Well… it’s 2020, and the tower still isn’t done. In fact, it’s not even close. As of today, the tower is only about one-third of the way to completion, and is actually not even being worked on at the moment. Construction was halted in 2018 for unclear reasons, and it has not resumed.

Jeddah Tower are still under construction untill today
Jeddah Tower by S.Nitzold is licensed under CC-BY-SA

Why? We’re not entirely sure. The Kingdom of Saudi Arabia is rather secretive about any governmental matters, and the government has a pretty heavy presence in this project. Wikipedia claims that there’s a “labor dispute”, but the sources it lists under that don’t actually say this, and Google doesn’t have much in the way of information either, so short of asking MBS what’s up, we’re left with… speculation, basically.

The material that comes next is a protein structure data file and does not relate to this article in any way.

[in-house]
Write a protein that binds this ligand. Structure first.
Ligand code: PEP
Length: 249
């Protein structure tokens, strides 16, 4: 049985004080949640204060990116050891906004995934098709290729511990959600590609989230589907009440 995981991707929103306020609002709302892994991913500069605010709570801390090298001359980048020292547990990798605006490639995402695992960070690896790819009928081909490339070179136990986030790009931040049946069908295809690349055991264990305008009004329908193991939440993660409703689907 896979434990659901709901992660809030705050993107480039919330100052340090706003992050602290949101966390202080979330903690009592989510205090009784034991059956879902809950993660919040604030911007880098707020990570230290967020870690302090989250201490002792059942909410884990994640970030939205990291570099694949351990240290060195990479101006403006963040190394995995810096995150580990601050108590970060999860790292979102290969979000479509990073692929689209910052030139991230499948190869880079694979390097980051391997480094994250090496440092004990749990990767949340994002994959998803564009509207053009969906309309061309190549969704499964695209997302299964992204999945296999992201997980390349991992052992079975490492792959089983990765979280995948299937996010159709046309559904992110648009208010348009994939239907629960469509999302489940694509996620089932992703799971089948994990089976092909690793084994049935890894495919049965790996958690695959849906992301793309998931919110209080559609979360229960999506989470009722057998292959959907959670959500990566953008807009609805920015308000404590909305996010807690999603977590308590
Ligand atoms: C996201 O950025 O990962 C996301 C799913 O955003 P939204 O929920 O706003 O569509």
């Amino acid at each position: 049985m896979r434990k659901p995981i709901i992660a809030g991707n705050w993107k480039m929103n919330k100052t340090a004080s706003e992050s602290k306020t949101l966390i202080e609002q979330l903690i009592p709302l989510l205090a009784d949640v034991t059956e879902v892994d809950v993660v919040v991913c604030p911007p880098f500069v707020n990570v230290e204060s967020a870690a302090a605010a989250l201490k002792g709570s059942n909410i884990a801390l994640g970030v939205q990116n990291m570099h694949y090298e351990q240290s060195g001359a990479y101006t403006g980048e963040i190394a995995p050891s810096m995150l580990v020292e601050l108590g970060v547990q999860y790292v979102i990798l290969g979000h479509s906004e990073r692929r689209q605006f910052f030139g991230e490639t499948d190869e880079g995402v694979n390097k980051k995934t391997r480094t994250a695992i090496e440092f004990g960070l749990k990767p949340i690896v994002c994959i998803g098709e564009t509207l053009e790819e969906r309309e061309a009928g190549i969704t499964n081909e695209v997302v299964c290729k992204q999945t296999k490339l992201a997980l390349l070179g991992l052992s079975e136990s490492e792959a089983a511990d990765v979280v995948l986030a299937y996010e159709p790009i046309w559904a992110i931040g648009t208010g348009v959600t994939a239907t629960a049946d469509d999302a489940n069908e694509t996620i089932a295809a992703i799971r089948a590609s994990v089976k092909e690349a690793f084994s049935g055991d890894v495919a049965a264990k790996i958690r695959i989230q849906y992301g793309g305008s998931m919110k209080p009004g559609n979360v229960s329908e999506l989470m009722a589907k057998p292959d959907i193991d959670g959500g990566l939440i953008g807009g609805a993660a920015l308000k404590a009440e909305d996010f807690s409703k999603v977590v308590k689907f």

We don’t know for sure, but in 2017, MBS initiated a purge of the government that snagged several high-profile billionaires in Saudi Arabia. Among this group was the owner of Kingdom Holding Company (who just so happens to be a member of the Saudi royal family) and the chairman of the Saudi Binladin Group, a construction conglomerate. Both of these organizations were, and still are, heavily involved in the construction of the Jeddah Tower. We obviously can’t say for sure if this was the reason they halted construction, but the CEO of Kingdom Holding said that the tower would definitely resume construction in 2020.

Of course, that was back in February 2019, before the world just decided to shut everything down for some unknown reason, maybe they felt like taking a break from it all or something, but suffice to say, the tower is still not being actively worked on and may not be finished for another few years. That being said, Saudi Arabia will probably finish the project regardless of what happens, since the age-old rule still applies: when countries have money, they build giant buildings, and Saudi Arabia certainly has money.